Kem­pling said it all went as Cur­rie fore­saw and com­manded. The Cana­dian Corps took Hill 70. Cana­dian en­gi­neers quickly over­saw its trans­for­ma­tion into a de­fen­sive re­doubt. Ger­man troops at­tacked many times and were beaten back each time.

“Cur­rie and the Cana­dian Corps re­ally dis­tin­guished them­selves there,” said Kem­pling.

Be­yond the sci­en­tific anal­y­sis and the un­der­stand­ing of the Bat­tle of Hill 70, find­ing the per­sonal paths walked by the three men took some sleuthing by his­to­ri­ans and mu­seum spe­cial­ists. Trac­ing their con­nec­tion to the Cana­dian Scot­tish Reg­i­ment, now based in Vic­to­ria, meant fol­low­ing pa­per trails laid down by Cana­dian army bu­reau­cracy.

Jack Drys­dale, as­sis­tant di­rec­tor of the Cana­dian Scot­tish Reg­i­men­tal Mu­seum, ex­plained that the early Cana­dian en­lis­tees in the First World War signed up for lo­cal reg­i­ments that were later or­ga­nized into num­bered groups.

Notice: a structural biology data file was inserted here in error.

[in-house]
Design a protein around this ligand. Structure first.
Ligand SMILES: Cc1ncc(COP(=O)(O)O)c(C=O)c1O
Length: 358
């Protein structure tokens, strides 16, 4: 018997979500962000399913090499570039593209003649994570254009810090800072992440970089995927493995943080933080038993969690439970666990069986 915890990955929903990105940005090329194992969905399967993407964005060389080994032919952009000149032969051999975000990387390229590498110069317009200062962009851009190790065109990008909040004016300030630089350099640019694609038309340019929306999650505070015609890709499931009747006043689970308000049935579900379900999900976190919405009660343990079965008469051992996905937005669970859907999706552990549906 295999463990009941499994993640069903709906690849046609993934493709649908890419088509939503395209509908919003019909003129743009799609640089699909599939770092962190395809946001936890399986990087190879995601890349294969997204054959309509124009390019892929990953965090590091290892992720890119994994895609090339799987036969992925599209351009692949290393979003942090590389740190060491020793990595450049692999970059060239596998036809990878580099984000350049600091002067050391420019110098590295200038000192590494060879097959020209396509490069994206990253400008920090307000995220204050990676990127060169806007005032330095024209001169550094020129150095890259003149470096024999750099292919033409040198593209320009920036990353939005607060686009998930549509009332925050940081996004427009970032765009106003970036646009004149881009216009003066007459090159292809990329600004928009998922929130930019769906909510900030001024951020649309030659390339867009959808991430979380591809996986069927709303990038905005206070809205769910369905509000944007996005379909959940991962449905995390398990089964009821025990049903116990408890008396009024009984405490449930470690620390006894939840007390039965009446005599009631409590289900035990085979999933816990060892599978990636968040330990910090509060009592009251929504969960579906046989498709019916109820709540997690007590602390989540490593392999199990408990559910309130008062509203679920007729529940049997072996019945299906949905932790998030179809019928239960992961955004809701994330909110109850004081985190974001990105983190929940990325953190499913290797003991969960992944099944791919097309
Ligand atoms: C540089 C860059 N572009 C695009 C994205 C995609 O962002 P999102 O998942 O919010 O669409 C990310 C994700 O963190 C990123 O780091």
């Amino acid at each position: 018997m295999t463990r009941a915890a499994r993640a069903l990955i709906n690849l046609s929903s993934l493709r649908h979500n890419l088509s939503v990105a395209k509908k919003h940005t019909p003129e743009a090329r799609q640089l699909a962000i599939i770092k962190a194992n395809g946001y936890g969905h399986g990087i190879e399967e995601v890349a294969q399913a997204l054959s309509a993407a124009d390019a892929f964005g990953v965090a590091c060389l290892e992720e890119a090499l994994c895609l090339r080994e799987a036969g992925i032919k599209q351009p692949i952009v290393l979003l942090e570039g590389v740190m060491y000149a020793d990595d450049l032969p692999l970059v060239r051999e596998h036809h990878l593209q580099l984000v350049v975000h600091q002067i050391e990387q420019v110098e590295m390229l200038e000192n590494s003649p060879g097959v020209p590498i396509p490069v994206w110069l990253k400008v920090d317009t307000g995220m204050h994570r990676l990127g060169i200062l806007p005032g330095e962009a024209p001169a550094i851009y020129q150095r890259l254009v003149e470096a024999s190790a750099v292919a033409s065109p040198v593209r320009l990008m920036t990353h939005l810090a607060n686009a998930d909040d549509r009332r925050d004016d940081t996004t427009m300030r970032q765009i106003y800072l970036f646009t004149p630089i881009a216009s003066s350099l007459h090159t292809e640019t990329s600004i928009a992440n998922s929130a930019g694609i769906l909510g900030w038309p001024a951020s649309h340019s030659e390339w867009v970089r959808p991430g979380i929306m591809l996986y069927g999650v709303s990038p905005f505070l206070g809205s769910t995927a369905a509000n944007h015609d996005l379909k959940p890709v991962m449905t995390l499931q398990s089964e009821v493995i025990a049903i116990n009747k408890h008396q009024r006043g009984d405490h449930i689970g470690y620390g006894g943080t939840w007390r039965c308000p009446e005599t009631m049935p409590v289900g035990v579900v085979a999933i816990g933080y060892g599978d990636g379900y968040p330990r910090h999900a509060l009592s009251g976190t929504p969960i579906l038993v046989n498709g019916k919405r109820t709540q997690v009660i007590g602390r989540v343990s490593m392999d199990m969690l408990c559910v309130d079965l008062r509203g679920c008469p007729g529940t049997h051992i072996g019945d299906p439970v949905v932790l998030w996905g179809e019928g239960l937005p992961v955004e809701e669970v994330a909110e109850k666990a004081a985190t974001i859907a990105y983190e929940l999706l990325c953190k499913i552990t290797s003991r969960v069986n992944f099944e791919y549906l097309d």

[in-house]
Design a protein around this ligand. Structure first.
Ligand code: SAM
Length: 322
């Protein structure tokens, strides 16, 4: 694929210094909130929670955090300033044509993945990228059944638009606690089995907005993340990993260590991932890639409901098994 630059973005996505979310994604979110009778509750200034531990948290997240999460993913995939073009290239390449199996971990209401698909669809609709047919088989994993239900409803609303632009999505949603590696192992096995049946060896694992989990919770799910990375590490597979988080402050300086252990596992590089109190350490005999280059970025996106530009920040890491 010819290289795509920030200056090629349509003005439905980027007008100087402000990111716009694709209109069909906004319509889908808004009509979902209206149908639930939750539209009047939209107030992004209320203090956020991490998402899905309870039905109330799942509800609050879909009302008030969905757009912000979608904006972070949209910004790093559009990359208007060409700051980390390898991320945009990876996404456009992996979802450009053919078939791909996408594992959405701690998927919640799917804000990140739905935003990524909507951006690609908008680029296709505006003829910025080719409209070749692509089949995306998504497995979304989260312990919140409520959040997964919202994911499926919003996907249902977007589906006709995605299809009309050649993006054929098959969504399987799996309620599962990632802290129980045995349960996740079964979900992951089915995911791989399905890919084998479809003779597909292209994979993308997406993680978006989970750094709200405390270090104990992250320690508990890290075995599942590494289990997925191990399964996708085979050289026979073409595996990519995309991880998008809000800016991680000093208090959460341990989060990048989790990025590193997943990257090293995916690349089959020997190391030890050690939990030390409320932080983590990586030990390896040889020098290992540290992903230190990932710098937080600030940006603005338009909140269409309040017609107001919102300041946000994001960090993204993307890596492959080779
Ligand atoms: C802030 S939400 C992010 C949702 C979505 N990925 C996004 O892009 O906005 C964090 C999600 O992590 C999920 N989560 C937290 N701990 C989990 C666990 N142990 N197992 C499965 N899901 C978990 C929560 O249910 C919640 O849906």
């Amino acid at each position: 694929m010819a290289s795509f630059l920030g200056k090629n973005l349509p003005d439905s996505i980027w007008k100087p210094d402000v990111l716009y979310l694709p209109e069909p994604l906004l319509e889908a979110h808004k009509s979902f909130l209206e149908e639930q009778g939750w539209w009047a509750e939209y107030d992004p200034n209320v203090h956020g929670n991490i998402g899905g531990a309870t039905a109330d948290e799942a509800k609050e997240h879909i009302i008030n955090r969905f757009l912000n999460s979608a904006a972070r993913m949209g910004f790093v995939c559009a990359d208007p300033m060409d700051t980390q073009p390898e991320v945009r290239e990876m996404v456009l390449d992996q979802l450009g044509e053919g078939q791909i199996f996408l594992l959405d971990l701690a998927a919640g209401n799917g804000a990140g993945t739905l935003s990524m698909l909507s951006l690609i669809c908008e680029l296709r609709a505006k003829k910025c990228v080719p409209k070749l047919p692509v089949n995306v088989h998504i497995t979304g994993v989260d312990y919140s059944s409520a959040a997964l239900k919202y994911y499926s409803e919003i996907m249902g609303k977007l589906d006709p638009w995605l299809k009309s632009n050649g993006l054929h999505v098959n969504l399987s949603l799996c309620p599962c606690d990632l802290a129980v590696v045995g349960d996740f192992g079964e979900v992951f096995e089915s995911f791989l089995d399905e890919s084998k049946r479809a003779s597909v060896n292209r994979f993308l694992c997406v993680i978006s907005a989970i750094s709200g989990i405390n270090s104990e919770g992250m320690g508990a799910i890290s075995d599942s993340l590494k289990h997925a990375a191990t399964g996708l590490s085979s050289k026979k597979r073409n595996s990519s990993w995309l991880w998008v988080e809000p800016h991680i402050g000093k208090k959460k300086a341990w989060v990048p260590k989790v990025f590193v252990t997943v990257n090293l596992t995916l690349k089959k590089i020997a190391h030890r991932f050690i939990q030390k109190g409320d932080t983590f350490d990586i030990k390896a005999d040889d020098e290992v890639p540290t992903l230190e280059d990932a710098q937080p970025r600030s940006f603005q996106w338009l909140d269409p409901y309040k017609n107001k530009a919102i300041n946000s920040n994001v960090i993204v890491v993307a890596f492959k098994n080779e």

The Gor­don High­landers, raised in Vic­to­ria, were amal­ga­mated with the Van­cou­ver-raised Seaforth High­landers, the Cameron High­landers of Win­nipeg and the Ar­gyll and Suther­land High­landers of Hamil­ton, Ont. To­gether they be­came the 16th Bat­tal­ion of the 1st Cana­dian Di­vi­sion.

But peo­ple, in­clud­ing the men of the 16th Bat­tal­ion, sim­ply start­ing call­ing them­selves “The Cana­dian Scot­tish,” a name that wasn’t made of­fi­cial un­til af­ter the war.

Drys­dale said that by 1917, most of the re­in­force­ments for the Cana­dian Scot­tish were from the Prairies.

Done­gan and Wil­son were both Cameron High­landers out of Win­nipeg. Prid­dle also signed up in Win­nipeg, with the 183rd (Manitoba Beavers) Bat­tal­ion and was later en­rolled in the 16th Bat­tal­ion. It was all done whether the men liked it or not.